Everything I know about gardening starts with this: if you don't plant it, you can't harvest it. So this week I have resolved to just make a push and get everything in that has been languishing in the greenhouse.
The nice thing about having our own greenhouse is that we can start our own plants and start as many as we think we'll need, or more. The hard part is coming to terms with the multitude of little plants that are all ready at once to go in garden. So I sort the greenhouse and put like with like, and then we try to empty it out in waves.
OKAY. All you cucumbers! It is your day. Ready or not, get on the cart! Then there is an empty spot. Okay Peppers? You didn't think we would forget about you? Not for one second. Get on out there, we have a spot just for you! Three sisters? Yes you! If Class G is gonna harvest you in the fall, then you better get your sorry leggy leaves out to the big field! NOW! Hup to it!
Dutifully, all the plants get on the cart. They get their final dose of fresh water from the greenhouse hose, and then they get dragged away, soon to be yanked from their trays and tucked into the earth of the garden. No longer will they be crammed together in a tray with 72 or 200 of their own kind, instead they will be surrounded by space enough to grow big.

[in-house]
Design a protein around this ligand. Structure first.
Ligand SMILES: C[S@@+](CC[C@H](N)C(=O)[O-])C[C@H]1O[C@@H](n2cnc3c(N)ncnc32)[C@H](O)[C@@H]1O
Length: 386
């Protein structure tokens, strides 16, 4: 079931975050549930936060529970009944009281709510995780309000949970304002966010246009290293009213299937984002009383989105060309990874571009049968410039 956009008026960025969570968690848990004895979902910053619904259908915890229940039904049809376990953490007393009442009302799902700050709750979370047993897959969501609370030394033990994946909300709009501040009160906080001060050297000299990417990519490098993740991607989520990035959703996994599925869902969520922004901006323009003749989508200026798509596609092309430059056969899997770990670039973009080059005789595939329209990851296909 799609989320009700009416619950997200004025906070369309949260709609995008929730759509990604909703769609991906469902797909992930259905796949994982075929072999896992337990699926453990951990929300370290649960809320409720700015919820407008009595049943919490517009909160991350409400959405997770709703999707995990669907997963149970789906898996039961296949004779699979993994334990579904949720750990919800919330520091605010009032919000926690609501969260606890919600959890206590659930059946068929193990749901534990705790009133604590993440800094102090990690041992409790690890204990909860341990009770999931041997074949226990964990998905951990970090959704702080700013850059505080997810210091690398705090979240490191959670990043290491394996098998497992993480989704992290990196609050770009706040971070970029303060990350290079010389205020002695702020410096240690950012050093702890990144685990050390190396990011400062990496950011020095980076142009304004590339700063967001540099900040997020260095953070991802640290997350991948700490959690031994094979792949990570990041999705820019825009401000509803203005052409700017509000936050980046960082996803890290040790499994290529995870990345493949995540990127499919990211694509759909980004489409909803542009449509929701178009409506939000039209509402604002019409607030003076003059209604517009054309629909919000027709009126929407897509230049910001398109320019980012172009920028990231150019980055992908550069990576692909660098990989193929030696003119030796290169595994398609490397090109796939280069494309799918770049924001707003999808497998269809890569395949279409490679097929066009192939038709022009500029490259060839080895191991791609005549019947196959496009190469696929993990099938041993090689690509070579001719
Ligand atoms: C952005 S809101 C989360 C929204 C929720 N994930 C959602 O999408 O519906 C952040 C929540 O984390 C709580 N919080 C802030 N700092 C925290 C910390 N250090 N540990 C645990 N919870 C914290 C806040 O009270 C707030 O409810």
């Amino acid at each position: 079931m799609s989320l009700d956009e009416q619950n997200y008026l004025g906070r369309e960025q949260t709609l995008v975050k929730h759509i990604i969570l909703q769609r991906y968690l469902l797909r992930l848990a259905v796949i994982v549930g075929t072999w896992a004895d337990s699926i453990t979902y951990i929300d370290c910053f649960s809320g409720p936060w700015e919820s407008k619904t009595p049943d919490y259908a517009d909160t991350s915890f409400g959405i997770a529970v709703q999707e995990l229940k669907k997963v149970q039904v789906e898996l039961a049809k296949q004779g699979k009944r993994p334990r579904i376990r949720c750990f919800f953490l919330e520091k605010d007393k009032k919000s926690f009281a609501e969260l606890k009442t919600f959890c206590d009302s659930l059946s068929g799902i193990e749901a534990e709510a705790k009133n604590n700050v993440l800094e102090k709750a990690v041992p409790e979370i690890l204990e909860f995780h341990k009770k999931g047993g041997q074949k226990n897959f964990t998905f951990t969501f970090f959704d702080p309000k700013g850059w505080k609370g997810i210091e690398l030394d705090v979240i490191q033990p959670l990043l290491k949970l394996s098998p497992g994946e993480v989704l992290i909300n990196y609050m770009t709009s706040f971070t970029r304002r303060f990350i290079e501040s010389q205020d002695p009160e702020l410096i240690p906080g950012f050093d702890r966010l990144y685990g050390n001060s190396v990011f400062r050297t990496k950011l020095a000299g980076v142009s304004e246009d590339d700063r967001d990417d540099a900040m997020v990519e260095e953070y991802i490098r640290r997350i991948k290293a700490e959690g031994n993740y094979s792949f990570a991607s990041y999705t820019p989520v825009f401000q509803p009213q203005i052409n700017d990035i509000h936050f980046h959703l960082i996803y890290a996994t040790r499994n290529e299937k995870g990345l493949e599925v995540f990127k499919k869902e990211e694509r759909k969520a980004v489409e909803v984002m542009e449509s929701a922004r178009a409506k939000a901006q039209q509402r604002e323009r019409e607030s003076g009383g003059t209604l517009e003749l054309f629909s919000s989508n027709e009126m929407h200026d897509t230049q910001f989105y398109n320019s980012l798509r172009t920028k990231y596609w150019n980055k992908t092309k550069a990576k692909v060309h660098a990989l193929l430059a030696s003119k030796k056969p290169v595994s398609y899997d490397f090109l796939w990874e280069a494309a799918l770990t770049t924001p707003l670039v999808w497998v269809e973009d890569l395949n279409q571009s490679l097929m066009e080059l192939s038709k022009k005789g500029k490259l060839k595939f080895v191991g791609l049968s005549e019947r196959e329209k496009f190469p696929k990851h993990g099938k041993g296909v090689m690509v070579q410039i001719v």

Of course, no one has told them about weeds and wind. Those poor plants have not been adequately prepared for the persistence of quack grass, the ubiquity of foxtail, or the sharp points of Canada thistle. There is no wind in the greenhouse either. Also, after a little watering in, the only water they can expect comes from the sky in the form of rain (better hope it is a gentle rain and NO HAIL PLEASE). Those little plants will take about a week to adjust to the new environment. Some won't make it, they will succumb to iron blight or cutworms or some nameless fungus that people refer to as damping off. Those who fall in the line of duty will be remembered, but they will also be swiftly replaced. Those who survive will be rewarded by regular weeding and fertilizer, and ultimately, a car ride to Lake Country School and then on to your homes and kitchens and bellies.
Today we sent the cukes, the peppers, the seed oil pumpkins, the zukes, all three sisters, and the bunching onions all to their fates. Produce or perish! Thanks to our friends, Jen, Konstantin, Pasha, and Gabriel for all their help today!